Philosophy of Teaching – Bora Bosna
Philosophy of Teaching
Graduate Teaching Associate
Department of Mathematics
Winner of the 2012 Graduate Associate Teaching Award
Since coming here from Turkey in June 2006, I had been struggling to understand the consensus here that students in America are worse at math and sciences than students in other countries. I observed that they could not get over algebra mistakes and years of miseducation for the concepts to make sense, hence lacked confidence in themselves. At first I just wanted them to do well so I developed a very direct, “catering” style to teach the procedures without necessarily understanding them. I learned how to break down problems into baby steps at a very good pace. I learned to get in the students’ head and think like them, to spoon-feed them solutions to exercises that covers just the points they would have trouble with by anticipating their mistakes. Office hours were similar, I catered without making them do the work. It was very teacher oriented. They became dependent on me and asked fewer questions. They were very happy. They got good grades and I got good SEIs. What changed me was when everyone in my Winter 2008 class passed with a C- or better (a miracle) and I got 5.0 overalls on all my SEIs. In 1.25 years I had found a formula to work the system. I felt like a sell-out. Was it okay with me that students got good grades, moved on and never cared for what they learned?
I was still struggling with the differences between students in America and students in other countries. It must be a conflict between math and the culture, I thought. At the time I was reading humanistic psychoanalyst Erich Fromm. His idea of “social character,” that a society’s particular way of living strongly influenced individuals’ characters, matched my observations: impatience, anxiety, dependence on calculators and being deprived of human faculties as a result. The “American character” seemed incompatible with math. Math was the antithesis of American lifestyle, the opposite of instant gratification. I was also unhappy with the lifestyle of my own teachers, peers and the math culture. When we were students we did not go to class, studied just the night before, and aced our classes. We pass this on. There is a culture of taking no attendance in math classes, an over self-reliance and overemphasis of “smartness.” We lived disembodies lives lost in thought, as “intellectual cognition machines.” Awkwardness, bad posture, weak muscles, personal difficulties and stuckness abound among us. Everything I say here applied to me. So my development as a teacher went parallel to my development as a human being as I became healthier in body and mind with yoga, dance and theater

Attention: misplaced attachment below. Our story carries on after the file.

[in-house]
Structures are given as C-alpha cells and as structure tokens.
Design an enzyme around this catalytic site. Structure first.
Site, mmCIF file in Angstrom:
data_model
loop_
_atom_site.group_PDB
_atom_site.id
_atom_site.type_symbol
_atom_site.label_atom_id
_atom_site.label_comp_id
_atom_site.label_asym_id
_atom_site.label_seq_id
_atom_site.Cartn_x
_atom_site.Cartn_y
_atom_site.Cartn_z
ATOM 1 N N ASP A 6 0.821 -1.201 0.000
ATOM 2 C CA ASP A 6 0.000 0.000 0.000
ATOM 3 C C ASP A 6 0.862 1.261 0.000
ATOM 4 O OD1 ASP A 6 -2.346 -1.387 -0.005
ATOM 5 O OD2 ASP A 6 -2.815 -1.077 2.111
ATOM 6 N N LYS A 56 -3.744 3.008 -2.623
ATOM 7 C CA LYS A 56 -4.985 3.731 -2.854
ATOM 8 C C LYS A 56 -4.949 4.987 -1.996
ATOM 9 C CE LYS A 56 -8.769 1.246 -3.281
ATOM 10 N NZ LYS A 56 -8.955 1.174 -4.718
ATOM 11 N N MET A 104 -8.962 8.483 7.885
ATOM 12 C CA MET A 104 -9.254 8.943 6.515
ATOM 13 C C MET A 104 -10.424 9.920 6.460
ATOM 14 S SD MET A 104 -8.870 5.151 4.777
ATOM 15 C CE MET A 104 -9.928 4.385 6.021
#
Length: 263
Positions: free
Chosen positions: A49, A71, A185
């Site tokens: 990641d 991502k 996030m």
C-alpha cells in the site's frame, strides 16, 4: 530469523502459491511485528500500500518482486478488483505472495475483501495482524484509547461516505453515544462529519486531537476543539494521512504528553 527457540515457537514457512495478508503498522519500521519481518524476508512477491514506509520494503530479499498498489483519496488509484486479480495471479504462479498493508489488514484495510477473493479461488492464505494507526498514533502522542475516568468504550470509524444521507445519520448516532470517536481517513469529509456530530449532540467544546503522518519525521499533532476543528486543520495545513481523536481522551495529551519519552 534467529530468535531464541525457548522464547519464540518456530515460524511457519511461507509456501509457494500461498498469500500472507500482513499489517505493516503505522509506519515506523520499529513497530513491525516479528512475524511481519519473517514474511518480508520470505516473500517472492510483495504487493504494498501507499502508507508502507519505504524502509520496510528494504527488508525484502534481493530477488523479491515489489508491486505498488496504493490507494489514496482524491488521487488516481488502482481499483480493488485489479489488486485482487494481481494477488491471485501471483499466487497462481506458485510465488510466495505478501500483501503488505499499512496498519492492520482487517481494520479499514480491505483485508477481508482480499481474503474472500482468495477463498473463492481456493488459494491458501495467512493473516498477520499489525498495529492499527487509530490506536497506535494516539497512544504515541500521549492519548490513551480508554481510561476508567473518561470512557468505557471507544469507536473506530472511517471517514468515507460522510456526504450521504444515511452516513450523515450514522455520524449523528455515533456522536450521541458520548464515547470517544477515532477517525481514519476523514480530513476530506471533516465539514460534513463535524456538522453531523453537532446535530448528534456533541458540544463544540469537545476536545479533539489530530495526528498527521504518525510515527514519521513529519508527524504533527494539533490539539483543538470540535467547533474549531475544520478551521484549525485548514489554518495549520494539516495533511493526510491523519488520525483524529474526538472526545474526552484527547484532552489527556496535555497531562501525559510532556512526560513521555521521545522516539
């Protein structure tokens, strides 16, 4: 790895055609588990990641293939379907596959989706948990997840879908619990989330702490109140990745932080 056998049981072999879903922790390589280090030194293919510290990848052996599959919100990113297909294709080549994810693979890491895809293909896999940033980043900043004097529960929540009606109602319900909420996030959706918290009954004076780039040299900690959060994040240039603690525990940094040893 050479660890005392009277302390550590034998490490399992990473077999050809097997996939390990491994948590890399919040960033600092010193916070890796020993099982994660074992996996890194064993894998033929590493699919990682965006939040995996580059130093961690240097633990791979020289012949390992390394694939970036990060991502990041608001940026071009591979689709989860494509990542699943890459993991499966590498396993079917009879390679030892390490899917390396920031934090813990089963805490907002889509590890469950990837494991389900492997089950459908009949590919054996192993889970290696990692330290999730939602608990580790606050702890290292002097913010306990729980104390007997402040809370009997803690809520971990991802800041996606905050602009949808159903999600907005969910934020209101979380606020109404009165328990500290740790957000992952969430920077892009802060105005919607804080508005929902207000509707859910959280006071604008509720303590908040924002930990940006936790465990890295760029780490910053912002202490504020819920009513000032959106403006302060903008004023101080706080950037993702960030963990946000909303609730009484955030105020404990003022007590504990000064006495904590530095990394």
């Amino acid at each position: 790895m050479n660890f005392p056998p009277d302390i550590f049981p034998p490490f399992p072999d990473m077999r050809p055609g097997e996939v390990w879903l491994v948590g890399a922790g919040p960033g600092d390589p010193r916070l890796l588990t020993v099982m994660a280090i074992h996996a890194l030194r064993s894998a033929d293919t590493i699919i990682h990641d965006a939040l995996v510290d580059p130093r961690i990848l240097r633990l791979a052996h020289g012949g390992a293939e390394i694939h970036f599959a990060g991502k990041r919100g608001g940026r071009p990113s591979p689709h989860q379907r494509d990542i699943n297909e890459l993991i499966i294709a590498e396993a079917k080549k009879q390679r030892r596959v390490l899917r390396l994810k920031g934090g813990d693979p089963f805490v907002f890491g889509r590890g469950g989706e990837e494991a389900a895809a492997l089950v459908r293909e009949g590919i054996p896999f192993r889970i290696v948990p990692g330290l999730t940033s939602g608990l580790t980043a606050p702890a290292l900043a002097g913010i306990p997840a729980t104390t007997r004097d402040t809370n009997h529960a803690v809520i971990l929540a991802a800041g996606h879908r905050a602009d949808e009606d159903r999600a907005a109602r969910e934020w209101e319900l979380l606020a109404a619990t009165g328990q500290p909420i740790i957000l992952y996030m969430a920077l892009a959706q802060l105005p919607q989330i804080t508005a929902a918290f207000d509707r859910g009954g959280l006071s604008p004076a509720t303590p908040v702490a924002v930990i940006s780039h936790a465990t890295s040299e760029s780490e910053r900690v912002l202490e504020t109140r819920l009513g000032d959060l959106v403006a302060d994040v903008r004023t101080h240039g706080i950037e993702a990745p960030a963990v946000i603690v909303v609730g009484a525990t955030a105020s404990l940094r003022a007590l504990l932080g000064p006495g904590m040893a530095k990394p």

My goal as a math teacher then is the cultivation of a fully human person, to reinstate confidence in and reclaim human powers, in a more student-oriented way a la Carl Rogers. Math makes a great human being who can marvel at achievements of the human mind, is able to take joy in complex endeavors for its own sake, care for the human adventure rather than grades.
We teach procedures rather than a discipline with a history full of success and failures. Do we tell our students of mathematicians such as Galois, who died at 21 in a duel? Or of Alan Turing, the father of computers, who was prosecuted for being gay and took his own life with a poison apple? So it must be taught “with a human face” rather than a vacuum of belief and history in which it is taught. This much was clear to me. Then I discovered the Humanistic Mathematics movement in the States. They’ve been saying the same things for a while! To cultivate fully human persons, another goal of mine is to give the body its due in mathematical activity. During years of working one on one with students I observed that most of the students’ mistakes come from impatience and anxiety. I noticed they’re hyperventilating and their hands are shaking, that most algebra mistakes (as I watch them do it) come from tense hand and arm muscles firing wrong, bad handwriting and organization habits. If the body is not relaxed and breathing deep, their mind is confused. I noticed that when a student understood something he had been struggling with for a while, it elicited a bodily response like a relieving “ooohhh,” his shoulders relaxed and his breathing settled with a deep exhalation. Something “shifts” in the body. I was convinced that “the mind is a muscle” and math is done with the muscles. I found confidence in this when I read Eugene Gendlin (a student of Carl Rogers) who had empirical evidence for a therapy style that focused on bodily responses.